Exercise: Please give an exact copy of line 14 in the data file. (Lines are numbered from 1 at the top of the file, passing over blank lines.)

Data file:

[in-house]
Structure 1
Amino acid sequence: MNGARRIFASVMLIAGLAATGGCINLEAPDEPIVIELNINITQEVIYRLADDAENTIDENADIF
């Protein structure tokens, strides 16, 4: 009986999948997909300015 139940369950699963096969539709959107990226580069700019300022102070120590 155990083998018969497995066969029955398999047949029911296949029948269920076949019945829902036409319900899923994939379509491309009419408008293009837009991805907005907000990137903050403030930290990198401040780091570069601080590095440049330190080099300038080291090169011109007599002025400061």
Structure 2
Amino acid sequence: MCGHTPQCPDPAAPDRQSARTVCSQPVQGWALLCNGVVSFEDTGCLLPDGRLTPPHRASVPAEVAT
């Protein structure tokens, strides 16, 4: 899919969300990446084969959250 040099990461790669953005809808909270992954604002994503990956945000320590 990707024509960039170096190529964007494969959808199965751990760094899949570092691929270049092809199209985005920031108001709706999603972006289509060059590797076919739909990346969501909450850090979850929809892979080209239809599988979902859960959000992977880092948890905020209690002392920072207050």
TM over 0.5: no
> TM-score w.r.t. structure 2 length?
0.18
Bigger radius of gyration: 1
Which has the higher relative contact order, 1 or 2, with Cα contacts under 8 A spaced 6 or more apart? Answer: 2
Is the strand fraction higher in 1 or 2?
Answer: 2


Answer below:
Answer: 2